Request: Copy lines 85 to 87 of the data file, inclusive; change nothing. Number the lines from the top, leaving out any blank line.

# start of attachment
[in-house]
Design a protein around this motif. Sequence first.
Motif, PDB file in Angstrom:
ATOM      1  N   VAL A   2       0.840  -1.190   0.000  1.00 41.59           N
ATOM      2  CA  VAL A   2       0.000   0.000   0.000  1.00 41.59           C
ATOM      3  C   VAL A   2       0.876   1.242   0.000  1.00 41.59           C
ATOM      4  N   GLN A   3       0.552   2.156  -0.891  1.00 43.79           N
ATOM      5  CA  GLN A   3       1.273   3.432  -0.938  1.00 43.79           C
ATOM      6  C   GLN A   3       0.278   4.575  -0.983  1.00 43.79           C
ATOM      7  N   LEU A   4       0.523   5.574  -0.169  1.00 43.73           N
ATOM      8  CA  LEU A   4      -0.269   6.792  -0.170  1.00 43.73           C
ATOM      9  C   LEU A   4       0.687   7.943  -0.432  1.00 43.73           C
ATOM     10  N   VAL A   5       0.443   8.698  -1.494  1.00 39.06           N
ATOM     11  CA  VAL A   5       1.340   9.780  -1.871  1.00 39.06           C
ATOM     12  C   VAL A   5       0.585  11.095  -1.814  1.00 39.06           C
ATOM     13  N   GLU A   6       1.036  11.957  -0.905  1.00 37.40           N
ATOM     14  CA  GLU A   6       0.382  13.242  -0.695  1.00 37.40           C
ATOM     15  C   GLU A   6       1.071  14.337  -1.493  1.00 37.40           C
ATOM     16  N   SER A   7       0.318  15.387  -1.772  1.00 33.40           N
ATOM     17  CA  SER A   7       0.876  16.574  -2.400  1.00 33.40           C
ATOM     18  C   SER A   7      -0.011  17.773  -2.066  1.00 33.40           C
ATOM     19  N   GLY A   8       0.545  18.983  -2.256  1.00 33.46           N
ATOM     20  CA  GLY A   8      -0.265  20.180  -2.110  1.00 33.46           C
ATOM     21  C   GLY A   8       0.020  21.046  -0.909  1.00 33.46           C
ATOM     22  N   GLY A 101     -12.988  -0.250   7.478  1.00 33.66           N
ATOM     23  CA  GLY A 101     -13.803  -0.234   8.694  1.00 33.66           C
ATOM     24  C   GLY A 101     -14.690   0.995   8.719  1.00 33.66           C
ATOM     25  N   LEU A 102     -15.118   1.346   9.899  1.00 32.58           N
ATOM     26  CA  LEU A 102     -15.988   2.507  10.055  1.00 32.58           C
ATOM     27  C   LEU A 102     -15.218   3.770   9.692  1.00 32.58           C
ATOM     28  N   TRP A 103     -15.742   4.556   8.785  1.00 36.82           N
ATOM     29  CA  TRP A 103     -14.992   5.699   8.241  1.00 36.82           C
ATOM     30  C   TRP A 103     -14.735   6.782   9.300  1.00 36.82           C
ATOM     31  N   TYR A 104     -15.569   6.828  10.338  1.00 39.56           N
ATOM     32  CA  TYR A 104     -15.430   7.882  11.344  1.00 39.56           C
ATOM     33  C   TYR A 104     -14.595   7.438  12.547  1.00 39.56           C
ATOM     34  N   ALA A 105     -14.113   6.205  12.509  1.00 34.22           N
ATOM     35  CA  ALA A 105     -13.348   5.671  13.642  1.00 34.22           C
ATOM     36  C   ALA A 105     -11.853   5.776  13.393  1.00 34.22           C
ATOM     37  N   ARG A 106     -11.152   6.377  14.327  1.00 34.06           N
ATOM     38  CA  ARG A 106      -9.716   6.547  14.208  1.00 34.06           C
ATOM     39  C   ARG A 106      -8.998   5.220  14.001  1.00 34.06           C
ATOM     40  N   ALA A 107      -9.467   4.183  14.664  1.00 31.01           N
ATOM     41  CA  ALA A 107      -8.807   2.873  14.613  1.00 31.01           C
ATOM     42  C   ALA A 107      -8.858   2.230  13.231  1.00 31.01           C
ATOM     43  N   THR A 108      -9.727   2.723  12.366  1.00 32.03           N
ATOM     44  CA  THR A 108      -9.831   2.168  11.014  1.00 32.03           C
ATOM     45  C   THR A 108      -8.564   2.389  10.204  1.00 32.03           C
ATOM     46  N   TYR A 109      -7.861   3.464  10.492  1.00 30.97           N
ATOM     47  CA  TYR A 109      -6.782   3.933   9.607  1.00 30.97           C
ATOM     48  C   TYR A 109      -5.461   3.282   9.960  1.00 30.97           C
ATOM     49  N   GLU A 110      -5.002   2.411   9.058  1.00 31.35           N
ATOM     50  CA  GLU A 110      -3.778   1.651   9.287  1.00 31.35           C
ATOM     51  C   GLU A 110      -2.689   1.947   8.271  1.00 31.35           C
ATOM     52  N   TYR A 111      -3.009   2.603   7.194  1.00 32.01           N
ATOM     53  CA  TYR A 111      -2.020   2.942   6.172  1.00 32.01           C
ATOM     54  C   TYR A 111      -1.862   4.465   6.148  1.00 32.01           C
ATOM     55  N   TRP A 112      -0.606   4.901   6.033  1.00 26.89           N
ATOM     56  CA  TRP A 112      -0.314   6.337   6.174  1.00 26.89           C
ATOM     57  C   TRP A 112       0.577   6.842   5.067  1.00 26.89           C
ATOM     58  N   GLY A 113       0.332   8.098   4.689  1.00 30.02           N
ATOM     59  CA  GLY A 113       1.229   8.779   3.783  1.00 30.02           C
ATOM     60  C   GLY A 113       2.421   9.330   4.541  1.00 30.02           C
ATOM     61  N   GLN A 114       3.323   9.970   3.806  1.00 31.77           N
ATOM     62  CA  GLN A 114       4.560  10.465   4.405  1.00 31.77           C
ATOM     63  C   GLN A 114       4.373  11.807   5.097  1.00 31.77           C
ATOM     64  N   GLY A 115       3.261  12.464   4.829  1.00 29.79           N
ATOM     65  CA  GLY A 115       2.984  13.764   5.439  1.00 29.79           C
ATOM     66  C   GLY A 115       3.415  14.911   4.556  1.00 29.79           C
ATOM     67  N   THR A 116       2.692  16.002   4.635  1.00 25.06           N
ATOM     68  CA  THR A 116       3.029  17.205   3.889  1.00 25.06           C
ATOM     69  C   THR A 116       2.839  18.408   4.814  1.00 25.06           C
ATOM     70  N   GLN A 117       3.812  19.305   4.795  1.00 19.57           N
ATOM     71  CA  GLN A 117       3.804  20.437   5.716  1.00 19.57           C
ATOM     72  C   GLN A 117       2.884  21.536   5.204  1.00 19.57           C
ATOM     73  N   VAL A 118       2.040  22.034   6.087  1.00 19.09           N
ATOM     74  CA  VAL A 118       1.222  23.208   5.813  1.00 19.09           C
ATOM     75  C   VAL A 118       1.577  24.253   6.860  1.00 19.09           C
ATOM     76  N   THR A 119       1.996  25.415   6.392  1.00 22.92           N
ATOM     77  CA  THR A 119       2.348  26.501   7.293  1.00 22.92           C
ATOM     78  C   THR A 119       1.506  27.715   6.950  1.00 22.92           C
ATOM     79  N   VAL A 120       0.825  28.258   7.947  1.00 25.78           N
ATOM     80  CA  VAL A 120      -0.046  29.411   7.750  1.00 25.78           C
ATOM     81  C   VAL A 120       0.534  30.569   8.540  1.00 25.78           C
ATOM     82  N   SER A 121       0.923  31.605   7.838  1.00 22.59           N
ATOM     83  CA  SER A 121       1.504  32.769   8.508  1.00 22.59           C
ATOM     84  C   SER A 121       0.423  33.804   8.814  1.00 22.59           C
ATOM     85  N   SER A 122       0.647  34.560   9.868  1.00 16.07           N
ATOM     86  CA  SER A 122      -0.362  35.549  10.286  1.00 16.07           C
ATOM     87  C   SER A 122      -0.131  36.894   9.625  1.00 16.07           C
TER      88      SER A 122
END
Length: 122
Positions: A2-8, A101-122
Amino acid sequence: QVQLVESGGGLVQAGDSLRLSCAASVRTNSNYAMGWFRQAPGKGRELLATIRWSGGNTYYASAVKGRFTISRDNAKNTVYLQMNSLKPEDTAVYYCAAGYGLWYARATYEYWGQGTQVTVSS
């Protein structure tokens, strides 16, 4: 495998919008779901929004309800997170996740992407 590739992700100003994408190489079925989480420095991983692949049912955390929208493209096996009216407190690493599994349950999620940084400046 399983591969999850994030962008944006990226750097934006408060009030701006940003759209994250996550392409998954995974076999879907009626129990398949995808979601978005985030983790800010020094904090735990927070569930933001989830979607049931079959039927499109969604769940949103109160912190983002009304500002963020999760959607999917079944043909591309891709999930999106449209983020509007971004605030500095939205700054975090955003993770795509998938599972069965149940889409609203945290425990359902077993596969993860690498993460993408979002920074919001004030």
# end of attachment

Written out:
ATOM     82  N   SER A 121       0.923  31.605   7.838  1.00 22.59           N
ATOM     83  CA  SER A 121       1.504  32.769   8.508  1.00 22.59           C
ATOM     84  C   SER A 121       0.423  33.804   8.814  1.00 22.59           C